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Let:

  1. $\mathbf{A}$ be a $N\times N$ complex matrix.
  2. $\mathbf{u}\in \operatorname{span}(\mathbf{A})$ be a given unit norm vector, where $\operatorname{span}(\mathbf{A})$ denotes the column space of $A$.
  3. $\mathbf{U}$ be a $N\times N$ unitary matrix whose columns are an orthonormal basis for $\mathbf{A}$ and also its first column is $\mathbf{u}$ (if $\mathbf{A}$ is rank deficient, then the first $r$ columns are a basis for $\mathbf{A}$ and the rest for the null space of $\mathbf{A}$, where $r$ is its rank).

Is there a SVD of $\mathbf{A}$ with the left singular matrix as $\mathbf{U}$?

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The answer is no. You specify only that $\mathbf{u}$ is in the column space of the matrix. That is not enough to be a singular vector.

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  • $\begingroup$ What is the additional condition needed? Now I think more about it, $\mathbf{U^HA}$ should be a orthogonal matrix for this to be true. Is it?. But I got it from the definition of SVD. What does it actually imply? $\endgroup$ – dineshdileep Feb 8 '14 at 1:16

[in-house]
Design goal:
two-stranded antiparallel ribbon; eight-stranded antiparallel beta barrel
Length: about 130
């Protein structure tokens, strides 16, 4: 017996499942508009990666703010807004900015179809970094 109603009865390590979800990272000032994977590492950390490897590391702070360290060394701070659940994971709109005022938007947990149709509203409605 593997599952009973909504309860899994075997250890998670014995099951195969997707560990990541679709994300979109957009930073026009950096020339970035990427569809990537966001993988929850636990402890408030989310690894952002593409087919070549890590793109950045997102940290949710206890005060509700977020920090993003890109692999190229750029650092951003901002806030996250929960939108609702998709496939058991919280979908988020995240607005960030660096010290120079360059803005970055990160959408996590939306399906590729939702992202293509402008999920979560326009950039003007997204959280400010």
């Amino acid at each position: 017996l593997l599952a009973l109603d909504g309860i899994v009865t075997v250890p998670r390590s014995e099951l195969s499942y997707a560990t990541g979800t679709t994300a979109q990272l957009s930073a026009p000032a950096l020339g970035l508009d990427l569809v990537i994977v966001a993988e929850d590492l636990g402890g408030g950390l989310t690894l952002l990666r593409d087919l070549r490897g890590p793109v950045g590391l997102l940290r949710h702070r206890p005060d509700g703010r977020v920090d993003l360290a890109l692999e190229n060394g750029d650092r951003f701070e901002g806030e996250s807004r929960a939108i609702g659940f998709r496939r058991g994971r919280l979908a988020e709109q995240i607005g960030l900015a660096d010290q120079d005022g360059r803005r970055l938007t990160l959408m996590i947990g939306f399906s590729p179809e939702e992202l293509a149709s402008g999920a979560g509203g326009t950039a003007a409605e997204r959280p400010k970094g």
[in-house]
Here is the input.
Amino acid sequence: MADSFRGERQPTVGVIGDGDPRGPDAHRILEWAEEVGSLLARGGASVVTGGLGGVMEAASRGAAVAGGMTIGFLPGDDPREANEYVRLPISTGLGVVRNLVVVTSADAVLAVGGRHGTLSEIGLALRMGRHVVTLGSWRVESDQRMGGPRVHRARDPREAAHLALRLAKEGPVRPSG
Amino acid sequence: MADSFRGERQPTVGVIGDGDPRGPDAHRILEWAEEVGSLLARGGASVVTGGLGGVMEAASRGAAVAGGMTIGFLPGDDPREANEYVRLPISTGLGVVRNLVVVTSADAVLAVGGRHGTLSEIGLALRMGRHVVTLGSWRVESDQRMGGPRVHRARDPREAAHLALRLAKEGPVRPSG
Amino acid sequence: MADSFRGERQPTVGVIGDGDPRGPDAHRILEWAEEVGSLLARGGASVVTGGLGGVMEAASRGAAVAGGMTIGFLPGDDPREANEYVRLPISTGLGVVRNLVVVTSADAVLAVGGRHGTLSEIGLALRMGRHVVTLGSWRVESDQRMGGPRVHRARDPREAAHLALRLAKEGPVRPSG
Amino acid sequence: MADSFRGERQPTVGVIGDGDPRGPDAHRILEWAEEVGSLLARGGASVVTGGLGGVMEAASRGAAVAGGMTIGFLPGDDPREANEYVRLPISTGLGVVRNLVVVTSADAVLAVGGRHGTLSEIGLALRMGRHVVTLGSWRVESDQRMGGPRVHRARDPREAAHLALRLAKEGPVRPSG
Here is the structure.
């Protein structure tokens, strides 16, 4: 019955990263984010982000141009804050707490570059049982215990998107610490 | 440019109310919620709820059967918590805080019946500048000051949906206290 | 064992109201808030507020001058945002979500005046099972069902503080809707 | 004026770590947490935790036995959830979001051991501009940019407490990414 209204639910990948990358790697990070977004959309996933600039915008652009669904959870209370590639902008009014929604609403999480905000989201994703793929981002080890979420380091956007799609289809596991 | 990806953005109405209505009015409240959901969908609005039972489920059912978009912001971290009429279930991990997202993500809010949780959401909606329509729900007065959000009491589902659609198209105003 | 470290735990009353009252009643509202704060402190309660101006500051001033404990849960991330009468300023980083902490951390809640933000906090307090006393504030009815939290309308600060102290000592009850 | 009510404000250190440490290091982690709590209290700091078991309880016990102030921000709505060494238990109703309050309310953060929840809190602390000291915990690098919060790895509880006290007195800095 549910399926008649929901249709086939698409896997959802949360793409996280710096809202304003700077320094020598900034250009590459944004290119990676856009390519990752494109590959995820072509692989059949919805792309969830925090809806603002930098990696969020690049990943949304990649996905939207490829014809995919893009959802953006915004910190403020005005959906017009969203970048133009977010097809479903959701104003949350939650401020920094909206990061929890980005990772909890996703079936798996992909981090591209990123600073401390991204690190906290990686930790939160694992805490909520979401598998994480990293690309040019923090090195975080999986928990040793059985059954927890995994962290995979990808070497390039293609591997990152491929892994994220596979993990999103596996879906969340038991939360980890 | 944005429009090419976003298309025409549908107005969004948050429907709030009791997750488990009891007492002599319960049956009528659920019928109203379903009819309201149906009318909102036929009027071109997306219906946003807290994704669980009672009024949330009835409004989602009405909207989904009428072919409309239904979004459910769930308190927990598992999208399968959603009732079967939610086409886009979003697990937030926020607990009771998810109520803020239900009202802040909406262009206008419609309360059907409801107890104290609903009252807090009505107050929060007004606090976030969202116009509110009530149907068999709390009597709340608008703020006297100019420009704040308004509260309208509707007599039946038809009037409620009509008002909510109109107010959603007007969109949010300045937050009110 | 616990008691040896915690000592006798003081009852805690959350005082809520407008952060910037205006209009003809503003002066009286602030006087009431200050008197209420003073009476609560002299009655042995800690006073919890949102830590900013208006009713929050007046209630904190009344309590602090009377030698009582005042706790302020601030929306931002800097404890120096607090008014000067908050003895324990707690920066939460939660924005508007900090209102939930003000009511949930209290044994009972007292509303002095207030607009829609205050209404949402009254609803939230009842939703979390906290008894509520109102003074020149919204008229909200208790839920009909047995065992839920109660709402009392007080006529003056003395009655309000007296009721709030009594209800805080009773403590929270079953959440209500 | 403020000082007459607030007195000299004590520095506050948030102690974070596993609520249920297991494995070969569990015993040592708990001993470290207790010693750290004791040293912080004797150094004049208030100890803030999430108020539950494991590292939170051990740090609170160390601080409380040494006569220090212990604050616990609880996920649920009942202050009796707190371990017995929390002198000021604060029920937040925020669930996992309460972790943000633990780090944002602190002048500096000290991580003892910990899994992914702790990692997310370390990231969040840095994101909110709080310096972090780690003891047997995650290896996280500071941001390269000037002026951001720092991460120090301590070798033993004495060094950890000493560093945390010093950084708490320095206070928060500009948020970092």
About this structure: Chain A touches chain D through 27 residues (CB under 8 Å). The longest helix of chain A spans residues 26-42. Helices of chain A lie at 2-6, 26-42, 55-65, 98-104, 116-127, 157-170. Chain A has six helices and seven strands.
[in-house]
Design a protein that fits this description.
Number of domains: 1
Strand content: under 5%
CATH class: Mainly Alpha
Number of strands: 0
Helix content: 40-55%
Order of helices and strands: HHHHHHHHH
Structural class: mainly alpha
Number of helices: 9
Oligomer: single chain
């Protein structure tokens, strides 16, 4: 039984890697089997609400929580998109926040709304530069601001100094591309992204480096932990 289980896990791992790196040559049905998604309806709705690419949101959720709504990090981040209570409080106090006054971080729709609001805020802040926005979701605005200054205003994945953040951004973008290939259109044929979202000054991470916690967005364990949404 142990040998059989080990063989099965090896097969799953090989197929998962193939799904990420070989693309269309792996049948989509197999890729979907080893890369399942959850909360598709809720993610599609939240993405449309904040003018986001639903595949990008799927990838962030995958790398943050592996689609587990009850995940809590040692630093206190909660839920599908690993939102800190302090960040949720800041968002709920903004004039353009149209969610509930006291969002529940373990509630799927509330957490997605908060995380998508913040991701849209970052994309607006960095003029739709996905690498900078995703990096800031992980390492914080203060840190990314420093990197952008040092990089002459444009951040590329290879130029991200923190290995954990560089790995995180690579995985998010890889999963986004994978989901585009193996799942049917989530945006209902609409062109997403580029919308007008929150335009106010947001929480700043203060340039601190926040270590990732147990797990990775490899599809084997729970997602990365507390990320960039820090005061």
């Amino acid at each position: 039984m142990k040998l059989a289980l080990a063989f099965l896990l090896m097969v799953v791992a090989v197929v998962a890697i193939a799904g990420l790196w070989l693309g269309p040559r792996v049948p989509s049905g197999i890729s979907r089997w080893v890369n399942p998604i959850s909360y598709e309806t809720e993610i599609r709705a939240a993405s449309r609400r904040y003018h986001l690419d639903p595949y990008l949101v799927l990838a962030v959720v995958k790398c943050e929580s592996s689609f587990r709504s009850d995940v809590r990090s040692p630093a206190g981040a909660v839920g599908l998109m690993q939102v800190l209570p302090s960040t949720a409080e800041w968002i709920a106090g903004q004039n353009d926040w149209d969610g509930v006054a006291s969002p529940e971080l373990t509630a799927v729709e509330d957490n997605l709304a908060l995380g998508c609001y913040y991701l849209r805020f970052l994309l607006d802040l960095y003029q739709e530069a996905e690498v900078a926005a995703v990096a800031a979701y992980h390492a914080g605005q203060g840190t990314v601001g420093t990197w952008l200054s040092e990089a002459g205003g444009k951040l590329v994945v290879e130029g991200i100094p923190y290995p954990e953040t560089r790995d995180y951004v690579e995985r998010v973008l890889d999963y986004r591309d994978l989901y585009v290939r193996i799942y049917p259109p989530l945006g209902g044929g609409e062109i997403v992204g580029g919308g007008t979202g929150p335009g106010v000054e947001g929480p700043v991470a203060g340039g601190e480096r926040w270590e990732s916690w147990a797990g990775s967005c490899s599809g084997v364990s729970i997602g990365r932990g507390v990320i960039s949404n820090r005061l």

• $\begingroup$ If $\mathbf{U^HA}$ is orthogonal, then $\mathbf{U^HA}\mathbf{A^HU}$ is diagonal, which would indeed be from the definition of SVD. $\endgroup$ – adam W Feb 8 '14 at 1:23
  • $\begingroup$ Though the word orthogonal as it is commonly used implies that the diagonal would be ones. That is not true unless all the singular values of A have magnitude one. $\endgroup$ – adam W Feb 8 '14 at 1:48
  • $\begingroup$ Isn't orthonormal the correct word? I think orthogonal doesn't necessarily mean that gramian matrix is identity? Isn't it so? $\endgroup$ – dineshdileep Feb 8 '14 at 4:05
  • $\begingroup$ hello adam, I request you to go through this question I am struggling with math.stackexchange.com/questions/654817/… $\endgroup$ – dineshdileep Feb 8 '14 at 4:06

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